Cars are one of the most costly purchases a person makes in their lifetime. They are also one of the most important purchases we make. We depend on them to get us from point A to point B. But not only do we depend on them getting us from A to B, we depend on them to keep us safe during our travels. In order to keep your car operating as efficiently and as long as possible, it’s important to give your car proper care. We all hear about best practices for keeping our vehicle in good shape, however some suggestions are not necessarily true, and they could end up costing you extra time and money in the long run. Here are 3 common car care myths to avoid when taking care of your vehicle:

  1. Getting your vehicle worked on at an unauthorized or independent repair shop will void your vehicle’s warranty.

The warranty on your vehicle is valid until the expiration date. It is not affected if you service your vehicle at a shop other than the dealership. This myth mainly comes from dealerships' desire to keep customers coming back to them. Dealerships often say that you can only go to them for repairs, however requiring you to do so is illegal. As long as the maintenance specified in your owner’s manual was done according to the prescribed schedule, it should not void any warranty. Any maintenance covered under your warranty can also be performed by any auto repair shop. Make sure to save your receipts to prove what was done and how much it cost. The only time you MUST take your vehicle to a dealership is to have recall work performed.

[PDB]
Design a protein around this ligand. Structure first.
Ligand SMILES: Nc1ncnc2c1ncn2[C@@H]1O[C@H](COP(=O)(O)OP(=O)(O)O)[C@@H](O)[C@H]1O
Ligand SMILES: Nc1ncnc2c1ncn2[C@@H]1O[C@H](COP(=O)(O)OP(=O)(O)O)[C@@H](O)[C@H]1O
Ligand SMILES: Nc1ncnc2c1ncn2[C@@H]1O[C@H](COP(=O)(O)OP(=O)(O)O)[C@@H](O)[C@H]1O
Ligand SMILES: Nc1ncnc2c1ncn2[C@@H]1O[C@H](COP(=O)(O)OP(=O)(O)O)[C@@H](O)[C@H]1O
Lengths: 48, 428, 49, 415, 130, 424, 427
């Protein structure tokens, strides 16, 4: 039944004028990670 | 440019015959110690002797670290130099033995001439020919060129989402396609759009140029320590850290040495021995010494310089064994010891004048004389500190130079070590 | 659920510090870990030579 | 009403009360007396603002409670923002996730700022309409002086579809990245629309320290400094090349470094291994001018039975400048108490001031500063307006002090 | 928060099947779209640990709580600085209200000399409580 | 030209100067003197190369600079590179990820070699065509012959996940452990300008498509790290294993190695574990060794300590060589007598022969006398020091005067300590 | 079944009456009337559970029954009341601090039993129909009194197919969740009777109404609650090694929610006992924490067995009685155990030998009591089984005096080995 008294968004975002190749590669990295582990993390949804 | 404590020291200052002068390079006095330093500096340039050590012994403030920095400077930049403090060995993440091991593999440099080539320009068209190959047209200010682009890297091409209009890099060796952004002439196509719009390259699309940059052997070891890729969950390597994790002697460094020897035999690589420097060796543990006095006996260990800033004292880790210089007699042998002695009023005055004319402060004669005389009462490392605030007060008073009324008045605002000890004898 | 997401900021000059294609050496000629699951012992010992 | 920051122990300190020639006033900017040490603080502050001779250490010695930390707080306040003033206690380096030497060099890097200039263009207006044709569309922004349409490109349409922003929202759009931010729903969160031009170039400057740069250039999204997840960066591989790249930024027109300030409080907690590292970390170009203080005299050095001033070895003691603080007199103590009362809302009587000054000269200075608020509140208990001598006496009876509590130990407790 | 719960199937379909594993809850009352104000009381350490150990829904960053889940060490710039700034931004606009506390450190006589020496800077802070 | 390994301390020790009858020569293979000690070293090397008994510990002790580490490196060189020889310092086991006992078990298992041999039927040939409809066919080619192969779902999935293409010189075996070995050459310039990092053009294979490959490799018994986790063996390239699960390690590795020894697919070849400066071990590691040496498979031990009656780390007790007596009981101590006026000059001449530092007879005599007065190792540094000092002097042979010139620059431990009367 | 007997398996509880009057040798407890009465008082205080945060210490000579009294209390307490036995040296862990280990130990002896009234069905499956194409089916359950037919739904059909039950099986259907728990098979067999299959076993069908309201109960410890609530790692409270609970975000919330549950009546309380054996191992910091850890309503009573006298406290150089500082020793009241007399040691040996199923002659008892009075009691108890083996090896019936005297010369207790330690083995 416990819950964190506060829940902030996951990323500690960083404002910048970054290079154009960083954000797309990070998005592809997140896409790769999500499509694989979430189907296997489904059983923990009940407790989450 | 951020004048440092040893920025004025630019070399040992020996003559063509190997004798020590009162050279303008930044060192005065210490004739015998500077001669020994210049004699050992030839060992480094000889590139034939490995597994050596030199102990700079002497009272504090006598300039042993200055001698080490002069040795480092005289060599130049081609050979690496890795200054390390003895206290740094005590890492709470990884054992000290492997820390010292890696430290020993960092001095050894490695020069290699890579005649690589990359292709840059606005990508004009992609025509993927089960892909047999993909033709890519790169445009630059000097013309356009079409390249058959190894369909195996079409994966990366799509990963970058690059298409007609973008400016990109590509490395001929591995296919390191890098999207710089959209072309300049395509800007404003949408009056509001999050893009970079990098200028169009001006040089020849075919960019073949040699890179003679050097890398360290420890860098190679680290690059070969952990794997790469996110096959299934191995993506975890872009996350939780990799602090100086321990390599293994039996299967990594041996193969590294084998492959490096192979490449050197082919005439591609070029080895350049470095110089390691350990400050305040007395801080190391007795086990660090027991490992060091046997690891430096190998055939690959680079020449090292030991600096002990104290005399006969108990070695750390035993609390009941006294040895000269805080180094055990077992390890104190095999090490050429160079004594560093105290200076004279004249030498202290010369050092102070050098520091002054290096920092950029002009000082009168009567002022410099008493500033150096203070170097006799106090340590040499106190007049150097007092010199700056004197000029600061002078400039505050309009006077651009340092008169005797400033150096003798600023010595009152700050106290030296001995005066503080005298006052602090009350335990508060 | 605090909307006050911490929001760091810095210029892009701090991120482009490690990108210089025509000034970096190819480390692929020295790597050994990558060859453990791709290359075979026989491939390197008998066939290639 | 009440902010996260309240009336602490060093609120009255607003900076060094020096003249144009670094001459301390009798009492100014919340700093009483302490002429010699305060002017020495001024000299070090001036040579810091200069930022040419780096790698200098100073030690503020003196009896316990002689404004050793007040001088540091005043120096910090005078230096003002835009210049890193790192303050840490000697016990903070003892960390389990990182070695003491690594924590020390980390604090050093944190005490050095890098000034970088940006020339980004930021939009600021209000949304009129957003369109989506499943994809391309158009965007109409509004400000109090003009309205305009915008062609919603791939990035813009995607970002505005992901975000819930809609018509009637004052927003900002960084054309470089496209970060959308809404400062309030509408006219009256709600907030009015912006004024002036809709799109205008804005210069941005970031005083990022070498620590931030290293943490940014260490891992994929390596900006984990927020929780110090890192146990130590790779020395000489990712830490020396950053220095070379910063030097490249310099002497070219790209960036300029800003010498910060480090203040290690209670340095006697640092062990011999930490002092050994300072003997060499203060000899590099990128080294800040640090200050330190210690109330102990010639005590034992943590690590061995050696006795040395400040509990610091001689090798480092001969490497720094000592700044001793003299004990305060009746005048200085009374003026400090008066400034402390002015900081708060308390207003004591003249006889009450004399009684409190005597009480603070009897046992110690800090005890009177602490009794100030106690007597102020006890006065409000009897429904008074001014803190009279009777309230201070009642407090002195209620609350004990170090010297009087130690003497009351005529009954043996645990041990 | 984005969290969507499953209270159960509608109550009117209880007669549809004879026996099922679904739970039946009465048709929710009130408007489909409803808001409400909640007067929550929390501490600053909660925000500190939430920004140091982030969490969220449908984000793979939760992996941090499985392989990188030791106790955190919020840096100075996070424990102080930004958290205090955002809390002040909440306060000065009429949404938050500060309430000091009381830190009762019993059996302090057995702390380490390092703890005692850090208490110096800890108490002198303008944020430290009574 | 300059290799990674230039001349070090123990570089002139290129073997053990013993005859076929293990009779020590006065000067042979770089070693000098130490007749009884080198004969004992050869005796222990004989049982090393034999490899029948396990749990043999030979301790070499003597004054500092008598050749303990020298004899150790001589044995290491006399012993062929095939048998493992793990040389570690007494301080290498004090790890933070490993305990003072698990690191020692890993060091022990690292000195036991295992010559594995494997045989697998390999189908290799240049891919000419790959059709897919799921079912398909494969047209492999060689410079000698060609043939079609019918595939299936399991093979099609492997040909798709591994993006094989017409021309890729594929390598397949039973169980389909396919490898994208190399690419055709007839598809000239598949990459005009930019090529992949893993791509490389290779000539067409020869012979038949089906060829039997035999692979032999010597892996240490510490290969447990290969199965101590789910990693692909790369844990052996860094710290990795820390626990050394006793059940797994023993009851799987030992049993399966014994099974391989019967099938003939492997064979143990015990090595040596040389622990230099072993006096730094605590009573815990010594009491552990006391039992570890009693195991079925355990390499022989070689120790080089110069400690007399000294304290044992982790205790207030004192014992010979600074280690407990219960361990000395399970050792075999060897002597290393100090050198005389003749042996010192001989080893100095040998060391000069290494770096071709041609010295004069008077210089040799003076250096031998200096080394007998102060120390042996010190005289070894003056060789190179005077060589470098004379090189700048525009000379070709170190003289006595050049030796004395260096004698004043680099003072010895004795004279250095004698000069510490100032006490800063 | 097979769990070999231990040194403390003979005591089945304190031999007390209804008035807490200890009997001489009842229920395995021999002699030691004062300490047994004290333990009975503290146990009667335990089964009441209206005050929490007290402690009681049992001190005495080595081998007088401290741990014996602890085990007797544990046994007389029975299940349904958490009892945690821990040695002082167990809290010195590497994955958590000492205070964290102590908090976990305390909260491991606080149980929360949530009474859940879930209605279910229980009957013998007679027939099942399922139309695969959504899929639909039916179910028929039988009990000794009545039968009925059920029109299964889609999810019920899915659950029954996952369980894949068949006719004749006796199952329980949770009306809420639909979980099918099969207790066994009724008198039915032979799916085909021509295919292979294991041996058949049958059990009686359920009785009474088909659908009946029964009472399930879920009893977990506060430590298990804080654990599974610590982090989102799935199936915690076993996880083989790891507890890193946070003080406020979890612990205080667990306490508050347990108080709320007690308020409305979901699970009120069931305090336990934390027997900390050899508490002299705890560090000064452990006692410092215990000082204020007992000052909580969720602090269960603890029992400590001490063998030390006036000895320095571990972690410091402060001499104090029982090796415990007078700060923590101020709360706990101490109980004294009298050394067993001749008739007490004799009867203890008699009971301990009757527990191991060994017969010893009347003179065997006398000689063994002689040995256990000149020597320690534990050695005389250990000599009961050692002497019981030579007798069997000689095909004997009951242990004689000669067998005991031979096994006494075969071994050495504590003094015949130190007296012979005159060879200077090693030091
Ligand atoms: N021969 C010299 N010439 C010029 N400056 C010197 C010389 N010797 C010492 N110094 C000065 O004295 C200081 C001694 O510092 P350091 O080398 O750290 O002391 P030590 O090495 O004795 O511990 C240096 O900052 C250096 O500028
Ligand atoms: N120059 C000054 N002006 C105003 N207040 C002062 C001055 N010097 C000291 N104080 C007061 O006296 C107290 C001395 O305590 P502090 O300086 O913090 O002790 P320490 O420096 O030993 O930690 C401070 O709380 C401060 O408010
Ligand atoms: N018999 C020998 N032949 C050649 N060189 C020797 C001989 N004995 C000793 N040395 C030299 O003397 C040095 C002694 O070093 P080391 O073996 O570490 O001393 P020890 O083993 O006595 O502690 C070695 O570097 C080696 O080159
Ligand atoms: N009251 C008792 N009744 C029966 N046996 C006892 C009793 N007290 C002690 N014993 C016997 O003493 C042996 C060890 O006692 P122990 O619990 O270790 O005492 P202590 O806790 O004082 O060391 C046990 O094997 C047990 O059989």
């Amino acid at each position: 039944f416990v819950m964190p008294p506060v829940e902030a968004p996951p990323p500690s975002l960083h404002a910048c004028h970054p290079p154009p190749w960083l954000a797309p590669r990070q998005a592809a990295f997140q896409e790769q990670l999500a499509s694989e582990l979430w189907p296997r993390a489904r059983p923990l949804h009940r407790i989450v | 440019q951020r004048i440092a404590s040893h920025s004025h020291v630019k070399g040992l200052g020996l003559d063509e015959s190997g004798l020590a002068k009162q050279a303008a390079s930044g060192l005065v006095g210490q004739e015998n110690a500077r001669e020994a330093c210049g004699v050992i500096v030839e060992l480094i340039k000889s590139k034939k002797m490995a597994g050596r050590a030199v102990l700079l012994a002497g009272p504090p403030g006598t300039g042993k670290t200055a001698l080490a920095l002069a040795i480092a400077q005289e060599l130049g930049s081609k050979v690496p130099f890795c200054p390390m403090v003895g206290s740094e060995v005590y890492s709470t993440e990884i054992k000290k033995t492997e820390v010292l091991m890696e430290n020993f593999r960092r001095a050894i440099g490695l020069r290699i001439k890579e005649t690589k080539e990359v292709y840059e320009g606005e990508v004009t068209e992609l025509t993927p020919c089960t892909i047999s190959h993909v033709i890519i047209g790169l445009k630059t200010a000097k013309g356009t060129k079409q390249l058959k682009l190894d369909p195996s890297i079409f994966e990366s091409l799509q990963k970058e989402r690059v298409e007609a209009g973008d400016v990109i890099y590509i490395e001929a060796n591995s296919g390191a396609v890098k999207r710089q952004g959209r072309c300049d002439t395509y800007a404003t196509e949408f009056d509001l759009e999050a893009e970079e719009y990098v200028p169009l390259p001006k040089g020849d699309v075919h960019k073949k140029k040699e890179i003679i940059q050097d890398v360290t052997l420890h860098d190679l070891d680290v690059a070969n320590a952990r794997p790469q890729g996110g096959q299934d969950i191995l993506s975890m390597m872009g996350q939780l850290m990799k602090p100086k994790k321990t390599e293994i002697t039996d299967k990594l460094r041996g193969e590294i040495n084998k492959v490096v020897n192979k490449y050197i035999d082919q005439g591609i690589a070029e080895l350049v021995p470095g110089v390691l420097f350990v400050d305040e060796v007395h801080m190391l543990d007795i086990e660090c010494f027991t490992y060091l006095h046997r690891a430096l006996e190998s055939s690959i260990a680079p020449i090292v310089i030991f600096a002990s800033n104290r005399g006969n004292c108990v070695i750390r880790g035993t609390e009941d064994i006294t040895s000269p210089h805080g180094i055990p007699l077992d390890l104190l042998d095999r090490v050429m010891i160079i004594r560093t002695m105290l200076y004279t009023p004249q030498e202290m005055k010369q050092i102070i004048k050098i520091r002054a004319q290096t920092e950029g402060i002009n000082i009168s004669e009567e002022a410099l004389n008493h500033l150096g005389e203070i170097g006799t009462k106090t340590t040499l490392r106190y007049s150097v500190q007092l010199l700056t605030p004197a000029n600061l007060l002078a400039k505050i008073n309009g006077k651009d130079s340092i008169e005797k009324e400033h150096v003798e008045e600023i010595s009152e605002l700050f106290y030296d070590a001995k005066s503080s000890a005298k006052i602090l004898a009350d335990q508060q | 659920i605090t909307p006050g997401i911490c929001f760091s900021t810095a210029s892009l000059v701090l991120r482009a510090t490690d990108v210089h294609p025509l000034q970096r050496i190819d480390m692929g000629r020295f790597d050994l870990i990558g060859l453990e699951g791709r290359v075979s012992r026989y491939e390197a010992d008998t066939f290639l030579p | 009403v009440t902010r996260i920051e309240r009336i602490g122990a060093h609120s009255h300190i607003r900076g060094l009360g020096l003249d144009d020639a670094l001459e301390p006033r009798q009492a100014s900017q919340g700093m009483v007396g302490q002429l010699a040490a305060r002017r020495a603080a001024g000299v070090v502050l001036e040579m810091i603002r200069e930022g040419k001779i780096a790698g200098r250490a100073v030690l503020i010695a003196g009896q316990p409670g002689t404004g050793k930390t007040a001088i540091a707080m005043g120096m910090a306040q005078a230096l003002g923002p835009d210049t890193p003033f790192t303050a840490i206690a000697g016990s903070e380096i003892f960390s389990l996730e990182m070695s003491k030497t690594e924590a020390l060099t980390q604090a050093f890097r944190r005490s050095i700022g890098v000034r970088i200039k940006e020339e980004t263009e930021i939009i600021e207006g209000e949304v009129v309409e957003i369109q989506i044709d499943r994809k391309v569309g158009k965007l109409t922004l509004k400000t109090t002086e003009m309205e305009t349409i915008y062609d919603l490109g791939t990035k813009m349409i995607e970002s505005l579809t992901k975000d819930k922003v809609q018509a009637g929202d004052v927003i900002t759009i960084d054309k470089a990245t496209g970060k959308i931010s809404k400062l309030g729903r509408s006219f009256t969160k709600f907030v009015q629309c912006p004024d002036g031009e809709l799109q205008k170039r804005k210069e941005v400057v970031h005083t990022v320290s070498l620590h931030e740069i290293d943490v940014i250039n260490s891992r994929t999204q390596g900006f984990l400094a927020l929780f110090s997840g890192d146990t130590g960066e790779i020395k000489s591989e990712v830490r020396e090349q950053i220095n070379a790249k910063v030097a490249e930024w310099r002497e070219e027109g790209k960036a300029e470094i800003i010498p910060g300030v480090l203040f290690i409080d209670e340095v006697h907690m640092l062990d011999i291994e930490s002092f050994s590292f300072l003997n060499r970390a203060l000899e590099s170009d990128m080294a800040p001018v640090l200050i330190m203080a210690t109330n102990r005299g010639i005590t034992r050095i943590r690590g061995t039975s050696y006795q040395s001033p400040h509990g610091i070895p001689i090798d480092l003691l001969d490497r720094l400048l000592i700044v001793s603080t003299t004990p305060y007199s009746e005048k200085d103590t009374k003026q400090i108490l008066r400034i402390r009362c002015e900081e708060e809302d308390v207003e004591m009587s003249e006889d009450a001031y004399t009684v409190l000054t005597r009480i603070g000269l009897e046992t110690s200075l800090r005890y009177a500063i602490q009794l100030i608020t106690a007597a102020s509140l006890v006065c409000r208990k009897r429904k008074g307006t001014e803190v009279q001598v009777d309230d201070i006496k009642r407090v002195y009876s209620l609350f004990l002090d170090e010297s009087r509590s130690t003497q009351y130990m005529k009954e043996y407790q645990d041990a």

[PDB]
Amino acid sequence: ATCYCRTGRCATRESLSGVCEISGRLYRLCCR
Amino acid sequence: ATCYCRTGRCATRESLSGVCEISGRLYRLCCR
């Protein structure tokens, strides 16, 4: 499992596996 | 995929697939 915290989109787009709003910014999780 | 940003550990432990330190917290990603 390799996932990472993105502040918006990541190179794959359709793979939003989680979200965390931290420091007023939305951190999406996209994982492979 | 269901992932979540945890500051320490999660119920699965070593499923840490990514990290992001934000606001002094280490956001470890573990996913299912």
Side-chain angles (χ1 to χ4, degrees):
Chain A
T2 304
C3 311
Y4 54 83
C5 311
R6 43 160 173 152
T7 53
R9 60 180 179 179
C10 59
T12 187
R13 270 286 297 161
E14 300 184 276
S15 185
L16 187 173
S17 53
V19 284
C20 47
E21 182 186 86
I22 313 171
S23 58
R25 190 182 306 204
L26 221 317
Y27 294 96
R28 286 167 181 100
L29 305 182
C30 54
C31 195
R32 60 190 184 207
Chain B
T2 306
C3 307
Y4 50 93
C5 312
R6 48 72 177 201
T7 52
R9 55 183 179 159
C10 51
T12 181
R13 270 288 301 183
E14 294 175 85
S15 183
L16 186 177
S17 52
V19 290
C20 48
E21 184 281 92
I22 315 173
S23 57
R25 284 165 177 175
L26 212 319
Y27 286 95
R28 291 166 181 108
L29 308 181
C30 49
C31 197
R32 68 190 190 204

2.    Wash your vehicle with laundry or dish soap

It may seem like a good idea to save money by using laundry or dish soap to wash your vehicle, but doing so can actually damage the car’s wax finish. Vehicles come from the factory with a protective layer of wax designed to keep your paint lasting a long time. Using anything other than soap designed specifically for the exterior of vehicles could contribute to paint chipping off. It’s definitely worth the extra money to buy a car-wash liquid that is designed to not strip away the protective wax.

3. Your vehicle battery will be fully recharged after a jump start

Oftentimes, vehicles need to be driven for several hours after it has been jump started in order to give the battery a full charge, especially in colder temperatures. There are a lot of accessories including the radio, heated seats, and lights that draw a lot of power from the alternator which leaves little left for recharging the battery. Short drives will most likely still leave you with a dead battery the next time you try and turn on your car.